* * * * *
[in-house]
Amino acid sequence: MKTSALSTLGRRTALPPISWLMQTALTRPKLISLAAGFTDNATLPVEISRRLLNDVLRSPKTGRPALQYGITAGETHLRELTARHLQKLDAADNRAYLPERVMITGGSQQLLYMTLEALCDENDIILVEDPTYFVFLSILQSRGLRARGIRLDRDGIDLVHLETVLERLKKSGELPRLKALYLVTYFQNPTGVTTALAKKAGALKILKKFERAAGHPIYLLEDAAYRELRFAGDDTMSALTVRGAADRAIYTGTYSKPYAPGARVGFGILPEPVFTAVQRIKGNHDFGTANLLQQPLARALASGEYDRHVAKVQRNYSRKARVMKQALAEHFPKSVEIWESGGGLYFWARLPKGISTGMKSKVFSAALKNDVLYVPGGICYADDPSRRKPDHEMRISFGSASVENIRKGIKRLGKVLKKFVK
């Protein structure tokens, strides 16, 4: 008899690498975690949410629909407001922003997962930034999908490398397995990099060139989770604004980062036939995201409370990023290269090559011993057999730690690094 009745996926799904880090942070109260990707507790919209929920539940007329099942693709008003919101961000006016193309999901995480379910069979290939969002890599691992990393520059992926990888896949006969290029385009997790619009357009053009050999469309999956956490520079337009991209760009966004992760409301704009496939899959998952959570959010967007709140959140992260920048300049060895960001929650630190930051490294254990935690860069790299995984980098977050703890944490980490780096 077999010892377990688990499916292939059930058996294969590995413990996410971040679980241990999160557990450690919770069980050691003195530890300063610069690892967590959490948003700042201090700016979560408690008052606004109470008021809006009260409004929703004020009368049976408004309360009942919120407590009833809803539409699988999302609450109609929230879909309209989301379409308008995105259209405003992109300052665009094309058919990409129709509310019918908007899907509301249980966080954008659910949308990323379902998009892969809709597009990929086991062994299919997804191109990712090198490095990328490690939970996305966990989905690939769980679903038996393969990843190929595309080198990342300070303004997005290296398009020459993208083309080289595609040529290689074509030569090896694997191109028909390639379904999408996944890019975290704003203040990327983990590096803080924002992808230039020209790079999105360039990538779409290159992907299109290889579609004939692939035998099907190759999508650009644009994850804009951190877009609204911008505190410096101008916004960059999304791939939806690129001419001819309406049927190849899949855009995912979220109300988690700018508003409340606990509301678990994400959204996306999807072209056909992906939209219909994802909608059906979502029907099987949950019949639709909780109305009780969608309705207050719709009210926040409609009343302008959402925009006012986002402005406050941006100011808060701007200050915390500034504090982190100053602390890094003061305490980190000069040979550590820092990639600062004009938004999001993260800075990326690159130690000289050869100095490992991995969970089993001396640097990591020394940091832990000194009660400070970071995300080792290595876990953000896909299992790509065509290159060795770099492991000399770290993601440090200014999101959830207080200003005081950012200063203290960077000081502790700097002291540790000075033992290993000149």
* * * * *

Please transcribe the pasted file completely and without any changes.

[in-house]
Amino acid sequence: MKTSALSTLGRRTALPPISWLMQTALTRPKLISLAAGFTDNATLPVEISRRLLNDVLRSPKTGRPALQYGITAGETHLRELTARHLQKLDAADNRAYLPERVMITGGSQQLLYMTLEALCDENDIILVEDPTYFVFLSILQSRGLRARGIRLDRDGIDLVHLETVLERLKKSGELPRLKALYLVTYFQNPTGVTTALAKKAGALKILKKFERAAGHPIYLLEDAAYRELRFAGDDTMSALTVRGAADRAIYTGTYSKPYAPGARVGFGILPEPVFTAVQRIKGNHDFGTANLLQQPLARALASGEYDRHVAKVQRNYSRKARVMKQALAEHFPKSVEIWESGGGLYFWARLPKGISTGMKSKVFSAALKNDVLYVPGGICYADDPSRRKPDHEMRISFGSASVENIRKGIKRLGKVLKKFVK
């Protein structure tokens, strides 16, 4: 008899690498975690949410629909407001922003997962930034999908490398397995990099060139989770604004980062036939995201409370990023290269090559011993057999730690690094 009745996926799904880090942070109260990707507790919209929920539940007329099942693709008003919101961000006016193309999901995480379910069979290939969002890599691992990393520059992926990888896949006969290029385009997790619009357009053009050999469309999956956490520079337009991209760009966004992760409301704009496939899959998952959570959010967007709140959140992260920048300049060895960001929650630190930051490294254990935690860069790299995984980098977050703890944490980490780096 077999010892377990688990499916292939059930058996294969590995413990996410971040679980241990999160557990450690919770069980050691003195530890300063610069690892967590959490948003700042201090700016979560408690008052606004109470008021809006009260409004929703004020009368049976408004309360009942919120407590009833809803539409699988999302609450109609929230879909309209989301379409308008995105259209405003992109300052665009094309058919990409129709509310019918908007899907509301249980966080954008659910949308990323379902998009892969809709597009990929086991062994299919997804191109990712090198490095990328490690939970996305966990989905690939769980679903038996393969990843190929595309080198990342300070303004997005290296398009020459993208083309080289595609040529290689074509030569090896694997191109028909390639379904999408996944890019975290704003203040990327983990590096803080924002992808230039020209790079999105360039990538779409290159992907299109290889579609004939692939035998099907190759999508650009644009994850804009951190877009609204911008505190410096101008916004960059999304791939939806690129001419001819309406049927190849899949855009995912979220109300988690700018508003409340606990509301678990994400959204996306999807072209056909992906939209219909994802909608059906979502029907099987949950019949639709909780109305009780969608309705207050719709009210926040409609009343302008959402925009006012986002402005406050941006100011808060701007200050915390500034504090982190100053602390890094003061305490980190000069040979550590820092990639600062004009938004999001993260800075990326690159130690000289050869100095490992991995969970089993001396640097990591020394940091832990000194009660400070970071995300080792290595876990953000896909299992790509065509290159060795770099492991000399770290993601440090200014999101959830207080200003005081950012200063203290960077000081502790700097002291540790000075033992290993000149």